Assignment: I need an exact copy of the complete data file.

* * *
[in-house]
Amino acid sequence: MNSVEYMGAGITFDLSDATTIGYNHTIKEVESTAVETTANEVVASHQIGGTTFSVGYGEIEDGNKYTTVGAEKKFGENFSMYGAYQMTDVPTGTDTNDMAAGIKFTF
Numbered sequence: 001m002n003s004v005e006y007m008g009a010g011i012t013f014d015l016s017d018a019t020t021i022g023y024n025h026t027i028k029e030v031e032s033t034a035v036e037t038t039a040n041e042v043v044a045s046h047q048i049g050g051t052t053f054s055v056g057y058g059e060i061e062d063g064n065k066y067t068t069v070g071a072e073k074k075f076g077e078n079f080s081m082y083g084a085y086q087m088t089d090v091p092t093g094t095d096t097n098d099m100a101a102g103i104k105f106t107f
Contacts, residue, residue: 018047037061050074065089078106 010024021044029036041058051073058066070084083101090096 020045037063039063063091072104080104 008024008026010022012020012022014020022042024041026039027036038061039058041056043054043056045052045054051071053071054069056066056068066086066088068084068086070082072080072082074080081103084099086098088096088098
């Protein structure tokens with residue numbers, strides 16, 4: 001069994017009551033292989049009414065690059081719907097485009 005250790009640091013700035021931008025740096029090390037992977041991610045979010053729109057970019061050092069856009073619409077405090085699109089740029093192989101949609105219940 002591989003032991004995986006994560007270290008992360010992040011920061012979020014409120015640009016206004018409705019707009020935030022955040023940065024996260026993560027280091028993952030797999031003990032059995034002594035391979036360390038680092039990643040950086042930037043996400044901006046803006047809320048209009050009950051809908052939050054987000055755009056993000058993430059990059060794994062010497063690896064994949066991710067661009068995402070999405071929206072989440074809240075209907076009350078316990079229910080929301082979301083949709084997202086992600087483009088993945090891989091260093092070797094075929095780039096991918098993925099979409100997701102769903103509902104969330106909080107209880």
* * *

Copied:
[in-house]
Amino acid sequence: MNSVEYMGAGITFDLSDATTIGYNHTIKEVESTAVETTANEVVASHQIGGTTFSVGYGEIEDGNKYTTVGAEKKFGENFSMYGAYQMTDVPTGTDTNDMAAGIKFTF
Numbered sequence: 001m002n003s004v005e006y007m008g009a010g011i012t013f014d015l016s017d018a019t020t021i022g023y024n025h026t027i028k029e030v031e032s033t034a035v036e037t038t039a040n041e042v043v044a045s046h047q048i049g050g051t052t053f054s055v056g057y058g059e060i061e062d063g064n065k066y067t068t069v070g071a072e073k074k075f076g077e078n079f080s081m082y083g084a085y086q087m088t089d090v091p092t093g094t095d096t097n098d099m100a101a102g103i104k105f106t107f
Contacts, residue, residue: 018047037061050074065089078106 010024021044029036041058051073058066070084083101090096 020045037063039063063091072104080104 008024008026010022012020012022014020022042024041026039027036038061039058041056043054043056045052045054051071053071054069056066056068066086066088068084068086070082072080072082074080081103084099086098088096088098
């Protein structure tokens with residue numbers, strides 16, 4: 001069994017009551033292989049009414065690059081719907097485009 005250790009640091013700035021931008025740096029090390037992977041991610045979010053729109057970019061050092069856009073619409077405090085699109089740029093192989101949609105219940 002591989003032991004995986006994560007270290008992360010992040011920061012979020014409120015640009016206004018409705019707009020935030022955040023940065024996260026993560027280091028993952030797999031003990032059995034002594035391979036360390038680092039990643040950086042930037043996400044901006046803006047809320048209009050009950051809908052939050054987000055755009056993000058993430059990059060794994062010497063690896064994949066991710067661009068995402070999405071929206072989440074809240075209907076009350078316990079229910080929301082979301083949709084997202086992600087483009088993945090891989091260093092070797094075929095780039096991918098993925099979409100997701102769903103509902104969330106909080107209880």